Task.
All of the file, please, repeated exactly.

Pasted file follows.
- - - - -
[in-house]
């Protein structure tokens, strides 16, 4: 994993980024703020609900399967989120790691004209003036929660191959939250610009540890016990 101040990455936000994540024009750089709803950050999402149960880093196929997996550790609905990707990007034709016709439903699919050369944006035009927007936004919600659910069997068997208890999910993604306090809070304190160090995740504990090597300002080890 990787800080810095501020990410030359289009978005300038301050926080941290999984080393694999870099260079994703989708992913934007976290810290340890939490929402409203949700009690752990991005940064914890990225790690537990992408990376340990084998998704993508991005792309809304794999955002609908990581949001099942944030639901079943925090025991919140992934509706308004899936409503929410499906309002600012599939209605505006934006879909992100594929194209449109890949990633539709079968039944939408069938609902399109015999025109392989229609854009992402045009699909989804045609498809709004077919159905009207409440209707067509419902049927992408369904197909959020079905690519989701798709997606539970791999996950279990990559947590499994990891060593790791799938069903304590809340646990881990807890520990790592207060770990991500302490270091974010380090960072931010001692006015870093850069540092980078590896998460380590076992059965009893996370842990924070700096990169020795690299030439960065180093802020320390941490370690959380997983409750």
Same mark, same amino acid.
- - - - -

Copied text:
[in-house]
């Protein structure tokens, strides 16, 4: 994993980024703020609900399967989120790691004209003036929660191959939250610009540890016990 101040990455936000994540024009750089709803950050999402149960880093196929997996550790609905990707990007034709016709439903699919050369944006035009927007936004919600659910069997068997208890999910993604306090809070304190160090995740504990090597300002080890 990787800080810095501020990410030359289009978005300038301050926080941290999984080393694999870099260079994703989708992913934007976290810290340890939490929402409203949700009690752990991005940064914890990225790690537990992408990376340990084998998704993508991005792309809304794999955002609908990581949001099942944030639901079943925090025991919140992934509706308004899936409503929410499906309002600012599939209605505006934006879909992100594929194209449109890949990633539709079968039944939408069938609902399109015999025109392989229609854009992402045009699909989804045609498809709004077919159905009207409440209707067509419902049927992408369904197909959020079905690519989701798709997606539970791999996950279990990559947590499994990891060593790791799938069903304590809340646990881990807890520990790592207060770990991500302490270091974010380090960072931010001692006015870093850069540092980078590896998460380590076992059965009893996370842990924070700096990169020795690299030439960065180093802020320390941490370690959380997983409750």
Same mark, same amino acid.